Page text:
Researchers from the Bourns College of Engineering at the University of California, Riverside investigated a strategy to improve lithium-sulfur batteries' performance by creating nano-sized sulfur particles, and coating them in glass.
Lithium-sulfur batteries have been attracting attention thanks to their ability to produce up to 10 times more energy than conventional batteries, but one of the main roadblocks to implementing them is a the tendency for lithium and sulfur reaction products (called lithium polysulfides) to dissolve in the battery’s electrolyte and travel to the opposite electrode permanently, which causes the battery’s capacity to decrease over its lifetime. The scientists designed a cathode material in which silica (glass) cages “trap” polysulfides.. The team used an organic precursor to construct the trapping barrier.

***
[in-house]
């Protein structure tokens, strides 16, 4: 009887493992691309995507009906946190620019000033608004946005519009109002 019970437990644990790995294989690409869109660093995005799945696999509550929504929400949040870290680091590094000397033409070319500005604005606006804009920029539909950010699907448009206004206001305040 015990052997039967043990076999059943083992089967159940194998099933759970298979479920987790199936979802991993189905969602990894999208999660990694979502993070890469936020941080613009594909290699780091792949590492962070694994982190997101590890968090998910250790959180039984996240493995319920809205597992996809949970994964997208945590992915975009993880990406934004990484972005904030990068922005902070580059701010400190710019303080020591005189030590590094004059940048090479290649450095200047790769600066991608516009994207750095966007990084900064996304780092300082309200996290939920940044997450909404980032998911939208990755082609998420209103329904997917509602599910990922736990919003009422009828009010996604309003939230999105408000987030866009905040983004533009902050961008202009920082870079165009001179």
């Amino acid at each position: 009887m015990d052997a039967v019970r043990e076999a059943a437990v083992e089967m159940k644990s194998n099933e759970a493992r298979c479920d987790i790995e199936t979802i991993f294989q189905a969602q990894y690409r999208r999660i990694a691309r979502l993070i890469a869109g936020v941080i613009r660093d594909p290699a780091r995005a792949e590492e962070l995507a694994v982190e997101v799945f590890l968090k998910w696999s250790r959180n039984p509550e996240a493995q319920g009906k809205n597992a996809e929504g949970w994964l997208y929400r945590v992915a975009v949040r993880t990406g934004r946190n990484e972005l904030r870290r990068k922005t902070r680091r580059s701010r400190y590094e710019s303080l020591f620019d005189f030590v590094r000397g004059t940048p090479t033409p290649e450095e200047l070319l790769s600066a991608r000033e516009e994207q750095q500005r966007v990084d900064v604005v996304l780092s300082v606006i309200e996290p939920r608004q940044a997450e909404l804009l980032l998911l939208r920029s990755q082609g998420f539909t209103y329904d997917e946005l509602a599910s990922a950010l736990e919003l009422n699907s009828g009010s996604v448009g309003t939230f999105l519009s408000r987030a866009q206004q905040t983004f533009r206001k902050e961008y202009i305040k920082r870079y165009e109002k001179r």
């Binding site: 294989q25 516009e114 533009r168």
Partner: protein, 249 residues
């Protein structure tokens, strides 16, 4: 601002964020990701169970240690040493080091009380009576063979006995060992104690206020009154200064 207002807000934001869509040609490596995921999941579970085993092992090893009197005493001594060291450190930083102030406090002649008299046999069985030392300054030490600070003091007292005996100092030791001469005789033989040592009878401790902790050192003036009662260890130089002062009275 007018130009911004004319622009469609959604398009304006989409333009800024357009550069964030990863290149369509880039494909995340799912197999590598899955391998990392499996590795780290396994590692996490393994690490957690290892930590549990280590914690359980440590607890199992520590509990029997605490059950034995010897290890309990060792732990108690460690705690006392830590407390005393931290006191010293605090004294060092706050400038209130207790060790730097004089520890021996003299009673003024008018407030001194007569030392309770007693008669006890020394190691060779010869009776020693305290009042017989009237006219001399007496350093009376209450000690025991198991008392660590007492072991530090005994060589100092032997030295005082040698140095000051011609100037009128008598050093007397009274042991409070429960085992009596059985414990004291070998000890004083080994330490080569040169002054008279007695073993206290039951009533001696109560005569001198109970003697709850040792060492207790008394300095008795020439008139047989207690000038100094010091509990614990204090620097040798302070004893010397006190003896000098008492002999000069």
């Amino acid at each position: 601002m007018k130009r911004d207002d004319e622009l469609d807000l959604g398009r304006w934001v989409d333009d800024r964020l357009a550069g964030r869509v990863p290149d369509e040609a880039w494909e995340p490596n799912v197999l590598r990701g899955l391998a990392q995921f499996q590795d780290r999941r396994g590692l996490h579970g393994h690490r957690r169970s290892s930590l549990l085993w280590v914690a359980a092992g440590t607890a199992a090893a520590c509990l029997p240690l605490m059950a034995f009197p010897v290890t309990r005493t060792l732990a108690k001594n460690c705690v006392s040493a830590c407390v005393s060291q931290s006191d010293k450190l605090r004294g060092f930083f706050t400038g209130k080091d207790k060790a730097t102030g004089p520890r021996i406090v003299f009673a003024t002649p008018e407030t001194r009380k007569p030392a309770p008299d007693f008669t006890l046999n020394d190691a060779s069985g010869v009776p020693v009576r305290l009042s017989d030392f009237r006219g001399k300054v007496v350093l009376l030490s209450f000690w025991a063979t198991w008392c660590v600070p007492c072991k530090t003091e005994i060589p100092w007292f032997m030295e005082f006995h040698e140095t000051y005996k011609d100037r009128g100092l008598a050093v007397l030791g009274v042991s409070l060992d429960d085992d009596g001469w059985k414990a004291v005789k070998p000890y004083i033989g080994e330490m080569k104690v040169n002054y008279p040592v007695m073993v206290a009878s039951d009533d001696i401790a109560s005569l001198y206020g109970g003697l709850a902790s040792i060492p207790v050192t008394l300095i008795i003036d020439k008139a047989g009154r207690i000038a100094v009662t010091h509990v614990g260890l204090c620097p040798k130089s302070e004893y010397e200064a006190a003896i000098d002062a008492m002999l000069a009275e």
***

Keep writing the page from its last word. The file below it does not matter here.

The team found that silica-caged sulfur particles provided a substantially higher battery performance, but felt further improvement was necessary because of the challenge with the breakage of the SiO2 shell. They then descided to incorporate mildly reduced graphene oxide (mrGO) as a conductive additive in cathode material design, to provide mechanical stability to the glass caged structures. This new cathode provided an even more dramatic improvement than the first design, since the team engineered both a polysulfide-trapping barrier and a flexible graphene oxide blanket that harnesses the sulfur and silica together during cycling.